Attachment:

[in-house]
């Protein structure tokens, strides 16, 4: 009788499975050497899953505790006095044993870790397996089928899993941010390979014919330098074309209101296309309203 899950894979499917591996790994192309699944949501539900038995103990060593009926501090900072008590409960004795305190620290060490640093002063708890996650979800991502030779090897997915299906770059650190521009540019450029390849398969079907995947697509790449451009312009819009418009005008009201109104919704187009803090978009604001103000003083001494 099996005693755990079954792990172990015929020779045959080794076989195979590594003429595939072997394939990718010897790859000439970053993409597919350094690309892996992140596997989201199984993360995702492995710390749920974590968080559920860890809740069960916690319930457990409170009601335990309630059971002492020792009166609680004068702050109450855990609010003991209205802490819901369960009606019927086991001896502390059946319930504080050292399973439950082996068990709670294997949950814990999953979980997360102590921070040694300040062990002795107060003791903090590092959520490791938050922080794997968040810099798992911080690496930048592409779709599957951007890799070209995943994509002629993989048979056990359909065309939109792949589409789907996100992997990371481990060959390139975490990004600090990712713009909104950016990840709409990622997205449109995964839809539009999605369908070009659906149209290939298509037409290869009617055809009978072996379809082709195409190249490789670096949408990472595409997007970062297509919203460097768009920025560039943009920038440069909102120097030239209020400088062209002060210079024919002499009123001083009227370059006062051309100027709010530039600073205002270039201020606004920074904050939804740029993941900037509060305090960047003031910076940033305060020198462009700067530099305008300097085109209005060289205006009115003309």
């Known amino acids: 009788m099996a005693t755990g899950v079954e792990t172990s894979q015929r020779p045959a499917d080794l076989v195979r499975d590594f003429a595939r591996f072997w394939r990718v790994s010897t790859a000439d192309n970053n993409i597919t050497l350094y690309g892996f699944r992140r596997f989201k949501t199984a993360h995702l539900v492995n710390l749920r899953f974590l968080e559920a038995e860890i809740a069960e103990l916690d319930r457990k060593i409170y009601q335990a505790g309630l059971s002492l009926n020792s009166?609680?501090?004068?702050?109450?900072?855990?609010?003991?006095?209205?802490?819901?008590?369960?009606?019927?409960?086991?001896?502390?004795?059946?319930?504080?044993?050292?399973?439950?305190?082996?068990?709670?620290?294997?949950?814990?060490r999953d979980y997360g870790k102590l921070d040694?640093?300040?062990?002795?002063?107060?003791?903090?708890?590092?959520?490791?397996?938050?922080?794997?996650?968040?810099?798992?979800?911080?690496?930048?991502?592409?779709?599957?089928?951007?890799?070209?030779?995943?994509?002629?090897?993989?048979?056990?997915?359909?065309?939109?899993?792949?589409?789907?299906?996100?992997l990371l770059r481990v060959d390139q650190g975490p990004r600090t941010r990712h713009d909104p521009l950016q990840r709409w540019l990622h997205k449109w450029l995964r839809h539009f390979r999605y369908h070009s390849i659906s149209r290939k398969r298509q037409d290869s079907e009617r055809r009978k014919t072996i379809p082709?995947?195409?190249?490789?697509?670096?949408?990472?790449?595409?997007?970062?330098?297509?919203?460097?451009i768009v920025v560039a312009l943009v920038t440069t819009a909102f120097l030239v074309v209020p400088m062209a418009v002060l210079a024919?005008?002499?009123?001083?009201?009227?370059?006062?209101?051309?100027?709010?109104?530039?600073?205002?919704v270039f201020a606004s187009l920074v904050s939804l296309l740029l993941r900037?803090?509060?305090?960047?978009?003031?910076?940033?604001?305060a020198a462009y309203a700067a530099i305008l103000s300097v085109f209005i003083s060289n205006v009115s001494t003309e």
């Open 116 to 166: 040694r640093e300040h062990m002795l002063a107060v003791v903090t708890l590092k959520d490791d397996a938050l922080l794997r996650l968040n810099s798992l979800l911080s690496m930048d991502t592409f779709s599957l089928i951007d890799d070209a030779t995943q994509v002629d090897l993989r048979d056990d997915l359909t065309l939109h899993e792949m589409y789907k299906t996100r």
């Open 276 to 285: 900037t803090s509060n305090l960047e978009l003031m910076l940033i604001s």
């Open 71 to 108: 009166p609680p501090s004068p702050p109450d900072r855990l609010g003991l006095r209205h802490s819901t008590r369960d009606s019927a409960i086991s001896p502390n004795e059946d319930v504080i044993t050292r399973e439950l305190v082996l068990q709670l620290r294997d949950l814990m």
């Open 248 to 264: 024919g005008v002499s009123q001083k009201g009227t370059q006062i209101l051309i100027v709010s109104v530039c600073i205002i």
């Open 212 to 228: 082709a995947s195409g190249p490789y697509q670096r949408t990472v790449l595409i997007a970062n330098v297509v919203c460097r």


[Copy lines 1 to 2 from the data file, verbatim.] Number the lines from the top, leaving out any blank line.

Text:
[in-house]
């Protein structure tokens, strides 16, 4: 009788499975050497899953505790006095044993870790397996089928899993941010390979014919330098074309209101296309309203 899950894979499917591996790994192309699944949501539900038995103990060593009926501090900072008590409960004795305190620290060490640093002063708890996650979800991502030779090897997915299906770059650190521009540019450029390849398969079907995947697509790449451009312009819009418009005008009201109104919704187009803090978009604001103000003083001494 099996005693755990079954792990172990015929020779045959080794076989195979590594003429595939072997394939990718010897790859000439970053993409597919350094690309892996992140596997989201199984993360995702492995710390749920974590968080559920860890809740069960916690319930457990409170009601335990309630059971002492020792009166609680004068702050109450855990609010003991209205802490819901369960009606019927086991001896502390059946319930504080050292399973439950082996068990709670294997949950814990999953979980997360102590921070040694300040062990002795107060003791903090590092959520490791938050922080794997968040810099798992911080690496930048592409779709599957951007890799070209995943994509002629993989048979056990359909065309939109792949589409789907996100992997990371481990060959390139975490990004600090990712713009909104950016990840709409990622997205449109995964839809539009999605369908070009659906149209290939298509037409290869009617055809009978072996379809082709195409190249490789670096949408990472595409997007970062297509919203460097768009920025560039943009920038440069909102120097030239209020400088062209002060210079024919002499009123001083009227370059006062051309100027709010530039600073205002270039201020606004920074904050939804740029993941900037509060305090960047003031910076940033305060020198462009700067530099305008300097085109209005060289205006009115003309």